Under 40 Builders: Schumacher Homes' Chad Kane

For Schumacher Homes' CFO Chad Kane, a drive to win and understanding working capital are key

August 14, 2015

Schumacher Homes operates in 32 markets in 14 states. In the course of building 12,000 houses since the company was founded by Paul Schumacher in 1992, the builder has won numerous accolades for design as well as the National Housing Quality award. Chad Kane, a Marine veteran, arrived in 2013 following financial management stints with several Ohio companies and realized a lifelong dream of being a chief financial officer.


Q: How did you land with a home builder after working in such industries as aviation forging, material handling, and tire maintenance and distribution?


A: Well, it’s a small world, and that has been evident in my career. It’s so important, not only in the home building industry, but in all industries, to be collaborative, network-oriented, and able to produce results. I think these three competencies are key to giving you options in your career. During my tenure in finance in the tire industry, the company I worked for grew, in an eight-year period, from under $150 million to close to $1.5 billion in revenue. The  company was a family-owned operation, just like Schumacher Homes. The primary owner of the tire company was a great friend with the primary owner of the home builder. That networking opportunity opened the gateway into the home building industry for me. So, in summary, I am in the home building industry because of networking, being open-minded, and doing whatever it takes to produce results.


Q: What budgeting and financial control practice(s) did you bring from those industries to Schumacher?


A: The largest contribution is providing more dynamic and transparent tools that offer opportunities for decision-makers to make better proactive decisions for more profit, and the understanding of working capital. Many times, organizations—not just home builders—look at budgeting as a profit-and-loss projection only. It’s imperative to have enough flexibility in your working capital so not only can you capitalize on opportunities as they arrive, but also not have it be a disruption to the company. Not paying attention to working capital can really cripple an organization, especially if it becomes a distraction to the operations of the business.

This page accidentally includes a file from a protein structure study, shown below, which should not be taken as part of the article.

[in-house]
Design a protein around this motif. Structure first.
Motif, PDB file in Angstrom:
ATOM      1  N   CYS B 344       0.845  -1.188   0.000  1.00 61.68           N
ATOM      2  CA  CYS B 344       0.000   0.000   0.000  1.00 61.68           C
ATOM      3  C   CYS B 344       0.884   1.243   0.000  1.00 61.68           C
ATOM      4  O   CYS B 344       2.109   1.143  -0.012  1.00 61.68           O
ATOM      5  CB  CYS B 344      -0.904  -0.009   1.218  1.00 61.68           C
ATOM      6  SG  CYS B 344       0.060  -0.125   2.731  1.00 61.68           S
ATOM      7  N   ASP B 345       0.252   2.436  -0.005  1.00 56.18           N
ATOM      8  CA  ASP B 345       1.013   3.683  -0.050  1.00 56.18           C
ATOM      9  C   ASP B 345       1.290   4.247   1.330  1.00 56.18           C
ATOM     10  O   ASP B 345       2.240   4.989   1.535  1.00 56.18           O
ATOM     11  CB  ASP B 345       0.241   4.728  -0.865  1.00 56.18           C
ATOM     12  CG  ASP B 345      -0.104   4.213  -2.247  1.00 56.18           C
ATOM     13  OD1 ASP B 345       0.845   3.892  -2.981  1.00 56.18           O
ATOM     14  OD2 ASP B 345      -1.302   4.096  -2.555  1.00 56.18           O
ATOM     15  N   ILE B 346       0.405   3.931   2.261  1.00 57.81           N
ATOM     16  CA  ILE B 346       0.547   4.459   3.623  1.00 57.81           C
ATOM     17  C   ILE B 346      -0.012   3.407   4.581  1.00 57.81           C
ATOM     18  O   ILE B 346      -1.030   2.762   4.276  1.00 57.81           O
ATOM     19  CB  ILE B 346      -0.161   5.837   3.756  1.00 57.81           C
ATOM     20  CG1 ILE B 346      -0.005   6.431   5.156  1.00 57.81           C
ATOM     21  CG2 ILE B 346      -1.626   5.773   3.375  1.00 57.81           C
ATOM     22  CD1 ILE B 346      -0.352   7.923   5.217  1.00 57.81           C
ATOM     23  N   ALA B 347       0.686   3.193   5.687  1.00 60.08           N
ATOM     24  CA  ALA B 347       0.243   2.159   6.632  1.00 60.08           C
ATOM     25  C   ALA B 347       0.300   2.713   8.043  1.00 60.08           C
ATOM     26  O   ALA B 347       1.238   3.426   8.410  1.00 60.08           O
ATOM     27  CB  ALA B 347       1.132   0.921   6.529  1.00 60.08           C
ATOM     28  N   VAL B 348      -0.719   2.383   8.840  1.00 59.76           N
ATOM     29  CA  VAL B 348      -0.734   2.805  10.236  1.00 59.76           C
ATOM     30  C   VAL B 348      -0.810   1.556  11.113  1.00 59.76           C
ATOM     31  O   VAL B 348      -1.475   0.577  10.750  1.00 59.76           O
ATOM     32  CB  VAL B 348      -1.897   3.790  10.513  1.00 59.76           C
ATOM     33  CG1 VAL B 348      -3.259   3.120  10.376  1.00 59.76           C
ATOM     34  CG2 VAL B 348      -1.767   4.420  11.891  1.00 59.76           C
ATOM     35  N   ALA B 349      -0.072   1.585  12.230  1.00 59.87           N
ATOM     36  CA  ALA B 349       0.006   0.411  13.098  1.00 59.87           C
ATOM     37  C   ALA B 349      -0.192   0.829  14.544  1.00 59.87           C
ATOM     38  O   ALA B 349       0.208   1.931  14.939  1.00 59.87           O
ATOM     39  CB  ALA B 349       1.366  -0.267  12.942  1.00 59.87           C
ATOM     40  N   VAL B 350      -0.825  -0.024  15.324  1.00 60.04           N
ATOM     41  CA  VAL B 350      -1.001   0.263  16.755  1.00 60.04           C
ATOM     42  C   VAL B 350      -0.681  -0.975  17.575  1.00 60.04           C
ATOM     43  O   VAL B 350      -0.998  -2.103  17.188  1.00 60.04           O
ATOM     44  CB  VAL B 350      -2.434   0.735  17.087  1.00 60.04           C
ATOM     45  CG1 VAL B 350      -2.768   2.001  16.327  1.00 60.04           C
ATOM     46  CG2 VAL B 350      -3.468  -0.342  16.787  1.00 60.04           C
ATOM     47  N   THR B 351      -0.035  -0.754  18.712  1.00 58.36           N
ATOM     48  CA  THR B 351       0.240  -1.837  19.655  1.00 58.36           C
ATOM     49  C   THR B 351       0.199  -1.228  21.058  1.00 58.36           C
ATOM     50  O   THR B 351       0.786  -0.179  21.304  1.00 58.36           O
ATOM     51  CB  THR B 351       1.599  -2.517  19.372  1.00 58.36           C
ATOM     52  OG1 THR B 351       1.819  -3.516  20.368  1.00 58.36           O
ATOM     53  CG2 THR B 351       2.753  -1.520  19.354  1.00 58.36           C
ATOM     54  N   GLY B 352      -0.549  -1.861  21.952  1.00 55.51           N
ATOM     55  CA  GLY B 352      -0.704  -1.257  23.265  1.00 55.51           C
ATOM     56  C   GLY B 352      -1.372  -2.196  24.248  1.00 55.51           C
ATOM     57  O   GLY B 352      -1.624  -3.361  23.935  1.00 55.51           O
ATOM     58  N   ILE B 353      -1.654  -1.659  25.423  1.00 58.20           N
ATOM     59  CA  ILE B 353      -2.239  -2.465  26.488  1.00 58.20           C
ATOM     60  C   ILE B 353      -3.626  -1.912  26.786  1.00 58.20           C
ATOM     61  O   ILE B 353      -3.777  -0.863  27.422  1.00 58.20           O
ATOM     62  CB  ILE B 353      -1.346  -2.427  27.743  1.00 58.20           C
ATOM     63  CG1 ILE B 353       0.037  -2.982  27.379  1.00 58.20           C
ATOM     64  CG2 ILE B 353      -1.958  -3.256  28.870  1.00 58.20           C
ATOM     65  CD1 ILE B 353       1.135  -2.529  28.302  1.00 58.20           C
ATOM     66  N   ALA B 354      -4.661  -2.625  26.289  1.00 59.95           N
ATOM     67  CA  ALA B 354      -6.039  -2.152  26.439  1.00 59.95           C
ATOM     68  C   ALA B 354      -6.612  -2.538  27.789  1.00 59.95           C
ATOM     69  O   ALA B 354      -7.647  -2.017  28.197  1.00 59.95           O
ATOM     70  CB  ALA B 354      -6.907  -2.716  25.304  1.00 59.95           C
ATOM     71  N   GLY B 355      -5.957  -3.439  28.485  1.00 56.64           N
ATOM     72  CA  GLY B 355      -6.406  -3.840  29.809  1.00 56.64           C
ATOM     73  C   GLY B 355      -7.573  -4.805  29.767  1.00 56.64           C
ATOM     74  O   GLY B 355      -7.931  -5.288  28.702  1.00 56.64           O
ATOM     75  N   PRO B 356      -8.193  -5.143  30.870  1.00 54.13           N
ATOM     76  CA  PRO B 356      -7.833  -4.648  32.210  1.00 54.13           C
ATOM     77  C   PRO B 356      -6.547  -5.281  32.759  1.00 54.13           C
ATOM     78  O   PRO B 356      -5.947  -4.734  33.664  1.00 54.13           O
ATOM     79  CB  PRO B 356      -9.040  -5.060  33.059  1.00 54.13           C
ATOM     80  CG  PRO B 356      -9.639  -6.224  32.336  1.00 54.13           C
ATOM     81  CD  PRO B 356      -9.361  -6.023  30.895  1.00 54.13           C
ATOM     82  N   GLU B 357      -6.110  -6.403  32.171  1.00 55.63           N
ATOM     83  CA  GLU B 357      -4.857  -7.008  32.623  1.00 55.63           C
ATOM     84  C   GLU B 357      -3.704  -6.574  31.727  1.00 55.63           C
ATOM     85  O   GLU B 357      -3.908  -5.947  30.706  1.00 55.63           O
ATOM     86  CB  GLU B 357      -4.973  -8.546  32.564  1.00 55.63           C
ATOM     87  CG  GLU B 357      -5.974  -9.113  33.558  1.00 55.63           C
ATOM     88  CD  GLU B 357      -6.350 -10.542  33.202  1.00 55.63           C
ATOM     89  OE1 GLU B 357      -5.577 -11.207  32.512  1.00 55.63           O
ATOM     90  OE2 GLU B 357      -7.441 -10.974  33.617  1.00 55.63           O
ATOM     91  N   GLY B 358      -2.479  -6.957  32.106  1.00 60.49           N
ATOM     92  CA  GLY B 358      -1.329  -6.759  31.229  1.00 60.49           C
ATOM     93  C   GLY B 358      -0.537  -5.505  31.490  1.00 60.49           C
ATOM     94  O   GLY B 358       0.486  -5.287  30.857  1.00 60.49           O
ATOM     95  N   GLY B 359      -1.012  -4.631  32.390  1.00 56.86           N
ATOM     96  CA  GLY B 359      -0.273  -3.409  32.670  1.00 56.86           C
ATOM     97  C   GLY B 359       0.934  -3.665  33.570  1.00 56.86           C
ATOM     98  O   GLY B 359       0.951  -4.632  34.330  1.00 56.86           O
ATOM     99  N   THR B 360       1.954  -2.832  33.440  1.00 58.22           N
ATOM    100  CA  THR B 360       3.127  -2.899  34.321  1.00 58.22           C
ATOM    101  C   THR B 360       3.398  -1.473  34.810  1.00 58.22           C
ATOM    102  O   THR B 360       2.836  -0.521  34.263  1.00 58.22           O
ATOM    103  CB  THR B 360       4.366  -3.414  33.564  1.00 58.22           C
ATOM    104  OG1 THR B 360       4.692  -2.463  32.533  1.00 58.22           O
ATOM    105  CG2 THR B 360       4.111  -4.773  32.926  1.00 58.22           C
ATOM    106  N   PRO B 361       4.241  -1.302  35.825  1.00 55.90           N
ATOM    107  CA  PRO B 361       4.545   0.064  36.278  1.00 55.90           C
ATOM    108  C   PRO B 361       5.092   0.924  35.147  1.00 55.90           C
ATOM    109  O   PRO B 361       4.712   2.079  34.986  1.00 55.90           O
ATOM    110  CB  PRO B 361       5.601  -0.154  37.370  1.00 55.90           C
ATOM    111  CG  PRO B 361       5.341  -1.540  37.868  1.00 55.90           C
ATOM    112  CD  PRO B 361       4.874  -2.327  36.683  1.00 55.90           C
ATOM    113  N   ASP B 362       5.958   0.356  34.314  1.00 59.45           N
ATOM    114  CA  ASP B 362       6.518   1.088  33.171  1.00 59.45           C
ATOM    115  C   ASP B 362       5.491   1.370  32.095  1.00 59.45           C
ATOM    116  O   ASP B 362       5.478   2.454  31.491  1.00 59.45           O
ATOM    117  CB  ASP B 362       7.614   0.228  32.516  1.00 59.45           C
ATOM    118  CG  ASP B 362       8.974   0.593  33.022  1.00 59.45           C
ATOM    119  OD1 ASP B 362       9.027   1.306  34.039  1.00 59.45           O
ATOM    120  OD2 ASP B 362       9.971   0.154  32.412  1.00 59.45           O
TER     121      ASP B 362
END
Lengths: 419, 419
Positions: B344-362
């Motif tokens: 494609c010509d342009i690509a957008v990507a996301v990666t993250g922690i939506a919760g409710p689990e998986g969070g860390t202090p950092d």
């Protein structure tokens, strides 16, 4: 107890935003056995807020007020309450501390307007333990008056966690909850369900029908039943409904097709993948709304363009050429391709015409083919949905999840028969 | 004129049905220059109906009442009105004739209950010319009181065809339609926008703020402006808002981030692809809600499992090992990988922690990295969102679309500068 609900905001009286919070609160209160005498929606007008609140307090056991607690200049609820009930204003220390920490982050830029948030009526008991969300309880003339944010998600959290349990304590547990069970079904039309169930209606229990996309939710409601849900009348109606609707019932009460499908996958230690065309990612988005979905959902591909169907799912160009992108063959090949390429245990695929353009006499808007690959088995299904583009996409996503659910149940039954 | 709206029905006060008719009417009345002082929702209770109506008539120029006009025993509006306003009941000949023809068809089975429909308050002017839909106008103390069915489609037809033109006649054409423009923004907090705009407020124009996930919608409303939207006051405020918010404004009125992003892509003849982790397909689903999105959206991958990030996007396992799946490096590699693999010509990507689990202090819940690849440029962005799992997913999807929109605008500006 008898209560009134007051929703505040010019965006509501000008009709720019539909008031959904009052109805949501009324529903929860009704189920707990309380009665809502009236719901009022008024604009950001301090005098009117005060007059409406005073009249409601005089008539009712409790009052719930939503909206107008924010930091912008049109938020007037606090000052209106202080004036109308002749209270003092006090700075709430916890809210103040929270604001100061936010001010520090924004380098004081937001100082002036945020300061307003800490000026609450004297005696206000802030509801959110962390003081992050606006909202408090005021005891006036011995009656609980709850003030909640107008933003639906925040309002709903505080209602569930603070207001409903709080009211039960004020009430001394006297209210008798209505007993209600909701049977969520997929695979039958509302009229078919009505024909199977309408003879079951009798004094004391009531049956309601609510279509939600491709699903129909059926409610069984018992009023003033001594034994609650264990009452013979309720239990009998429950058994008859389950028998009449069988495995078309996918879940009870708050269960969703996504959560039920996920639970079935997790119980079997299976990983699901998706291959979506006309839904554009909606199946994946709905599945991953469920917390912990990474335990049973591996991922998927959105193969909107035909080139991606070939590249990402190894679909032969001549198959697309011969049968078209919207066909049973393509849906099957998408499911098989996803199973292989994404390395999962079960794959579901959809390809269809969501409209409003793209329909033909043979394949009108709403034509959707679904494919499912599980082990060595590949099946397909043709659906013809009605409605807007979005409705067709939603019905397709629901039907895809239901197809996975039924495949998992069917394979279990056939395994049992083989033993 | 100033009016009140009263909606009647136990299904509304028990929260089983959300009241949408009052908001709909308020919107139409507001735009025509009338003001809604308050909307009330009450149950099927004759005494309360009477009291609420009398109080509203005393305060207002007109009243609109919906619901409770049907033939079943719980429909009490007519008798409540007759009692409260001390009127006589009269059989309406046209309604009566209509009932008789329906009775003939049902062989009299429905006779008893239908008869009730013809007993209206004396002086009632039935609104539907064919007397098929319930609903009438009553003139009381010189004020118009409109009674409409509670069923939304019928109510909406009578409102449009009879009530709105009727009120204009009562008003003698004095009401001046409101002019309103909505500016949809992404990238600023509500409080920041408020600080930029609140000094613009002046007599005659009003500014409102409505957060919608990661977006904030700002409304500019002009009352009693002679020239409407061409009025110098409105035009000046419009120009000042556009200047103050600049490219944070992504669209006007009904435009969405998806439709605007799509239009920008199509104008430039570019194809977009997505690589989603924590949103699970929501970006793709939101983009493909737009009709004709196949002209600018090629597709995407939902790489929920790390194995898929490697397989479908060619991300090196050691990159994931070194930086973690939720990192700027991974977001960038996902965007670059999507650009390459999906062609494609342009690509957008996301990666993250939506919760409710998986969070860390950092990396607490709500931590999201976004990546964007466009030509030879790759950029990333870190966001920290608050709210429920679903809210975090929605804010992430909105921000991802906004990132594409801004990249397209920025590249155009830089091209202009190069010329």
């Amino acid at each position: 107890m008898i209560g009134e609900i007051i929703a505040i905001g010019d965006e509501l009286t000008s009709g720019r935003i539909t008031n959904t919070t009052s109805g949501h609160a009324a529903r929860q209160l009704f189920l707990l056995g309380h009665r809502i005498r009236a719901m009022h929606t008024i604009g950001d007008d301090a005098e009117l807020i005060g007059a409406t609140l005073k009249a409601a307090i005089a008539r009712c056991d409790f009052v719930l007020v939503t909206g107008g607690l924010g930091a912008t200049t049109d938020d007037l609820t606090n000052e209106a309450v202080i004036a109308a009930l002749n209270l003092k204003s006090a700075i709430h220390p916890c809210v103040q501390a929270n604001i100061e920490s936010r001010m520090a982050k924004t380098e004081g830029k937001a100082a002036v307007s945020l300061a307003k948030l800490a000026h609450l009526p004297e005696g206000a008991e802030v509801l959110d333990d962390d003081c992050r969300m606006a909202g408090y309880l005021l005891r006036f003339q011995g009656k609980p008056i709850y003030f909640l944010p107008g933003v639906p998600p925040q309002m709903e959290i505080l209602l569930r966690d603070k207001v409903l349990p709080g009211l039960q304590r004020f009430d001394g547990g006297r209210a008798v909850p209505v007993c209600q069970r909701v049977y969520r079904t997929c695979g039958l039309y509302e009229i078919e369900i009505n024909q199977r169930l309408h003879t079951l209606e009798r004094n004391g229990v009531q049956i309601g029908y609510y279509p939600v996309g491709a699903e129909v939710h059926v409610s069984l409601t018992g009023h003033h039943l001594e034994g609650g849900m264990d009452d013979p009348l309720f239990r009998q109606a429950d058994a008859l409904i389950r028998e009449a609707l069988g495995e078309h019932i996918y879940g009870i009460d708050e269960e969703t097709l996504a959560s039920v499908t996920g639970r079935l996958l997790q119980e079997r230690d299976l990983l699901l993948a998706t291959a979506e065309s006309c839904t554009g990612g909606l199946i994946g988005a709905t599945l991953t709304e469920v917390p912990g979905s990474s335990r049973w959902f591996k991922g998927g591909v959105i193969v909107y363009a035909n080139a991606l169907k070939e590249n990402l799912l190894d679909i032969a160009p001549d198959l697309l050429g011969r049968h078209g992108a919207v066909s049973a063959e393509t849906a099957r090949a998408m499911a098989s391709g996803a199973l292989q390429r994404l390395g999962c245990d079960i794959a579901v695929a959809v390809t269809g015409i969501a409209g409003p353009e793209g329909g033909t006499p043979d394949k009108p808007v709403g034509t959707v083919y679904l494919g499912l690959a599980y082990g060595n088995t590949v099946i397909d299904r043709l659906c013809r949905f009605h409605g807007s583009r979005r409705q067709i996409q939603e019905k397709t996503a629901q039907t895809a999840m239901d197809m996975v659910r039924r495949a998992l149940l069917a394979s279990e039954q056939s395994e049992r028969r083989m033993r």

Q: What is most rewarding about what you do in your current job?


A: It is the people I work with. I’ve been here for over a year and a half, and I have been blessed by the organization as they welcomed me with open arms. It has been a learning experience for me, and I would like to think that the organization has learned a few things from me along the way as well. It’s a very fun and exciting environment, and it loves to win. Our No. 1 competency is that we stop at nothing to make our goals and produce desired results. That creates a culture that works collaboratively under pressure to be agile enough to overcome hurdles and create solutions for all challenges that may present themselves. How can you not love and be rewarded by that?


Q: What’s your biggest challenge in the business or in your job right now?


A: The biggest obstacle is having quality trade depth. Not only is the trend of available skilled labor declining, but we are a scattered-lot home builder. Our construction department does a great job cultivating and managing trade relations with great communication and relationship management skills to overcome that challenge, but it’s not an easy objective to accomplish.